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8 Struggles When Traveling Abroad Without Your Parents For The First Time

'I should've arrived at the airport 4 hours early like my dad always does!'
PHOTO: istockphoto

1. Figuring out how to get through the airport

Before: You’d simply tail mom and dad, who are in charge of leading the entire family from the entrance, through all the confusing counters, and to your designated plane seats.

Now: Bakit ang daming counters!? Security ba muna bago immigration?! NO ONE TOLD ME I HAD TO PAY TRAVEL TAX WHERE WILL I GET MONEY?! The lines are so long—what if you don’t make it in time for boarding? You should’ve arrived 4 hours early like what dad always does! 

2. Getting lost...A LOT

Your parents were often in charge of navigating. Even if your family was the type who preferred the safety of organized group tours, your folks still made sure you all made it back to the bus or meeting spot on time. Now you need to figure out everything on your own—how to read maps and signs, how the public transportation system works in that country, and how to make it back to your hotel in one piece. 

3. Budgeting!

Why are there so many miscellaneous expenses in the airport alone? How do you stretch my daily budget so that you can buy more souvenirs? Hmm…street food every day to save money maybe? Wait, did you bring enough money?!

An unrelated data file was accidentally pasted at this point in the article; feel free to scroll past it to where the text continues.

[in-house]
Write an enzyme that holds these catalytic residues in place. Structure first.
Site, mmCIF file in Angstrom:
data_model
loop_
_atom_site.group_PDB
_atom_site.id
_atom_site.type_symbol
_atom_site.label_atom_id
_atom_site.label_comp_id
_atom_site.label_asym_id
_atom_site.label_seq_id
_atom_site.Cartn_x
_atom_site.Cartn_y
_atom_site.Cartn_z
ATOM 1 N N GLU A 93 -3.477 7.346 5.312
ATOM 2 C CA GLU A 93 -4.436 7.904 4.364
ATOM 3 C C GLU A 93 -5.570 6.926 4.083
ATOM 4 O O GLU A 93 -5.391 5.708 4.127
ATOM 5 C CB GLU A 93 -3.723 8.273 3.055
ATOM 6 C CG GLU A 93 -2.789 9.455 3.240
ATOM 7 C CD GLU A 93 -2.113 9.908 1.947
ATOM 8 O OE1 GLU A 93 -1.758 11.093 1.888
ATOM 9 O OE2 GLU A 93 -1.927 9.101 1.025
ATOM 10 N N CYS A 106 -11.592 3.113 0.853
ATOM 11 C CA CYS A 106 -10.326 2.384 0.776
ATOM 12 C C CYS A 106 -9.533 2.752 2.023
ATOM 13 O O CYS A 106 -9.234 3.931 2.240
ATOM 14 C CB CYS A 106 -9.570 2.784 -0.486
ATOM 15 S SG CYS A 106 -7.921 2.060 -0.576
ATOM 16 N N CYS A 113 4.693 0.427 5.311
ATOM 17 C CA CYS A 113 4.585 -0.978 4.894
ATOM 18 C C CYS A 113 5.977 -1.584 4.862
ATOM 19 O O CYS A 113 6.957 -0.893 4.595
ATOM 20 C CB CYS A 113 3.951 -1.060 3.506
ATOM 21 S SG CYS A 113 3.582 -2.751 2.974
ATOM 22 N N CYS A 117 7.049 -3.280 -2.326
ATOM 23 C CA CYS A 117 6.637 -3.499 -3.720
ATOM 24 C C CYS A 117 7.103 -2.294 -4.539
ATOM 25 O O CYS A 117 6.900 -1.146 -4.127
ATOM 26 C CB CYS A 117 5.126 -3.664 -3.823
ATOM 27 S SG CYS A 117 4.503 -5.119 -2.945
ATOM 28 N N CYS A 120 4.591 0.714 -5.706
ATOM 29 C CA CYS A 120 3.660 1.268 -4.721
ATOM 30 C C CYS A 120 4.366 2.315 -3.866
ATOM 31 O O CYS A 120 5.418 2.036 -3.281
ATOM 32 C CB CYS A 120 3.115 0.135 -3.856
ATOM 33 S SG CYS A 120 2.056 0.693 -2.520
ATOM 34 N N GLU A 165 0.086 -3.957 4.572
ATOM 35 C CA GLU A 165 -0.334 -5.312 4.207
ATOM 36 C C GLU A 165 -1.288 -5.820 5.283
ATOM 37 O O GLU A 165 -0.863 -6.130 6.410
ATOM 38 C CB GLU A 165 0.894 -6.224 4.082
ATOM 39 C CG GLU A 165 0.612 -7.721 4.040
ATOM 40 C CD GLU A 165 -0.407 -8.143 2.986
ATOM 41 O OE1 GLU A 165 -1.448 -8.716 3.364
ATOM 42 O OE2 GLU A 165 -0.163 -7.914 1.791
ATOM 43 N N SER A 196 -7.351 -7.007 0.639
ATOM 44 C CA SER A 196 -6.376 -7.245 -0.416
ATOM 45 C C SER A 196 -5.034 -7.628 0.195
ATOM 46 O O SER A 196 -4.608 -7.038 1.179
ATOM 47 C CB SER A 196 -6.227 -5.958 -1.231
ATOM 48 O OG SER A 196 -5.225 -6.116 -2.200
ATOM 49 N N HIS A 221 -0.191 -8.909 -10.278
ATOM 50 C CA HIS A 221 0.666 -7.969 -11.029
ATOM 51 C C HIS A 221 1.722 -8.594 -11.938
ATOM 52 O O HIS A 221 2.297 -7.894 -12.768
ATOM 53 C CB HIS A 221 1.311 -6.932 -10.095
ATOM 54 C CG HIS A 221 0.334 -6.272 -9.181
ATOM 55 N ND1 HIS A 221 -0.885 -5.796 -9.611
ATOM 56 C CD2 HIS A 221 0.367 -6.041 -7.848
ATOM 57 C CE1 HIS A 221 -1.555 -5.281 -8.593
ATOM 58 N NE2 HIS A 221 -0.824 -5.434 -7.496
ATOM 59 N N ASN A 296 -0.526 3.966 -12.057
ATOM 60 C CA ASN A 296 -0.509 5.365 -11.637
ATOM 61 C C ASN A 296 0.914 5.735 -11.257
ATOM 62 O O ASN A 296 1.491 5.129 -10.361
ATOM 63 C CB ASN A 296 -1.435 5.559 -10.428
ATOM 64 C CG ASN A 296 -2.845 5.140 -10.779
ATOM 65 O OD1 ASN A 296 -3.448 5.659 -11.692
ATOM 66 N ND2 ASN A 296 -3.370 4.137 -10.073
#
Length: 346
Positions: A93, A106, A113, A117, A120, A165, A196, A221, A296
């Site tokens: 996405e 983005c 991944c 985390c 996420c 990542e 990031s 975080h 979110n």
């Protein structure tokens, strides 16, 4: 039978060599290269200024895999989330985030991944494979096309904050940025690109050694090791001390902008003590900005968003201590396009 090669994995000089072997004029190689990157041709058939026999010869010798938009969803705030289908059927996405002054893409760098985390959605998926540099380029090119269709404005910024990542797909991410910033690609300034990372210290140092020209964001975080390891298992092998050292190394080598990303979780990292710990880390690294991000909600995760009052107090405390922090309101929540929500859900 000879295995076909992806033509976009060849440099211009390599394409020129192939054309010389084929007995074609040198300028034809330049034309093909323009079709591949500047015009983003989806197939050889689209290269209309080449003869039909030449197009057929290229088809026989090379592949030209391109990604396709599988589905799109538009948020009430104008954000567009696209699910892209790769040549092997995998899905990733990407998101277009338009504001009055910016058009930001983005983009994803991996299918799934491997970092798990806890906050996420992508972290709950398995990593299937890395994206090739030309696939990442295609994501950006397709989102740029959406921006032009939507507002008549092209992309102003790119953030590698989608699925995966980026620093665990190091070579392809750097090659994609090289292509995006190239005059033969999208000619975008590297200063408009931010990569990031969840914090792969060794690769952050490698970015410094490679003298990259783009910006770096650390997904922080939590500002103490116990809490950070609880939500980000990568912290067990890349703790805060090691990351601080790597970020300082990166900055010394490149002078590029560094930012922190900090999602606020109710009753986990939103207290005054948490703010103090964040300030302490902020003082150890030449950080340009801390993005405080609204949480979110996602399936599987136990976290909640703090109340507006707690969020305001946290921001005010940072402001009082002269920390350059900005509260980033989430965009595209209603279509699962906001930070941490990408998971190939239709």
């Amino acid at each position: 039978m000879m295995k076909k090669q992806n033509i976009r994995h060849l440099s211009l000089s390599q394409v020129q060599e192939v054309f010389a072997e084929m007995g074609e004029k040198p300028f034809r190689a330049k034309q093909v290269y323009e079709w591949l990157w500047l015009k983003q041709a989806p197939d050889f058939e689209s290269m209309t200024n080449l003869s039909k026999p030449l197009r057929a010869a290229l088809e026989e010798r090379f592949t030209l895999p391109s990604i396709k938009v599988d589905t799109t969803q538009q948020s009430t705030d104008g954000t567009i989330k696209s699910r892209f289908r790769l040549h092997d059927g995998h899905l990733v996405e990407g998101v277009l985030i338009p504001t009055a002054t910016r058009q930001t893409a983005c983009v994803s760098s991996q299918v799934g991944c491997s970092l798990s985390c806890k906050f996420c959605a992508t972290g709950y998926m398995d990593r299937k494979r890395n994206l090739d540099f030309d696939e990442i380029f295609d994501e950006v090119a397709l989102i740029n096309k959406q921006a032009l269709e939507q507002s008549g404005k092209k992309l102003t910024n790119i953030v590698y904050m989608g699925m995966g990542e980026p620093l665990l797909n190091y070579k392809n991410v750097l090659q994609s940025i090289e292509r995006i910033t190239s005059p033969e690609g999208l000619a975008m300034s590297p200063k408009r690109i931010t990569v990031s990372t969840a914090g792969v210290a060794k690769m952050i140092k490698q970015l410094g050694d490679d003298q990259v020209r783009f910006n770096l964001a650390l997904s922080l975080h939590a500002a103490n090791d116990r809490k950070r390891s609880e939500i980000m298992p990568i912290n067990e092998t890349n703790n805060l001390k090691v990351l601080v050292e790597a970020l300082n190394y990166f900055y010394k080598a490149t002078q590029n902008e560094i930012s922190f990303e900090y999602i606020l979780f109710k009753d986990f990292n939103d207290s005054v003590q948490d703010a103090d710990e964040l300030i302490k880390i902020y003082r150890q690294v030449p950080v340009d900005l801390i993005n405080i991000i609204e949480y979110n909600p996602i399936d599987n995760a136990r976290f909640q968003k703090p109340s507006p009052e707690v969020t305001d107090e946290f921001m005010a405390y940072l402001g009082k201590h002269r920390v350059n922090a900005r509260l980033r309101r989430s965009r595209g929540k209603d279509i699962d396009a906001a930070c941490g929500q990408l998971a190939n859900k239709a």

4. Waking up late

With no mom as your human alarm clock (and worse—if your travel buddies are just as much of a snoozer as you are), you have to set multiple alarms to make sure you make it to breakfast and the scheduled tour.


5. Realizing that mom was the ultimate girl scout

You never used to worry about packing contingency items because mom had everything you needed—baby wipes, insect repellant, medication, extra socks… almost every item for every possible emergency.  Now that you’re on your own, you sift through your bag and realize you forgot to bring a lot of essentials. Yikes.

6. Trying and failing more than once

You’re no longer following your parents’ default travel style. Freedom! The downside is that you go through a lot of travel booboos, like getting lost in translation, overspending, forgetting to exchange your dollars, and missing the train. The upside: You discover your own personal travel style. Do you prefer traveling solo or with friends? Hostel or hotel? Tour guide or DIY? 

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7. Playing it cool when something goes wrong

Whether your parents easily allowed you to travel without them or it took a PowerPoint presentation plus months of begging before they finally gave in, you find yourself wanting to prove your #adulting skills. The last thing you want is for your parents to worry and think that you can’t handle independence. So when something bad happens—like getting pickpocketed, losing your travel docs, or getting stalked in the subway—you downplay it when your parents check on you. You plan to tell them about hitchhiking or getting stranded alone in the train station when you return home—or maybe you’ll just keep it to yourself forever.

8. Being homesick and afraid to admit it

During your parent-free vacation, there are times you suddenly wish your family were with you. When you see a quaint little coffee shop mom would’ve loved or a dish dad would’ve enjoyed, you immediately send them a photo without trying to sound too clingy. But of course, as soon as you meet a hot guy at the beach, you forget about all your anxieties and tell yourself, “I’ll definitely do this again!”

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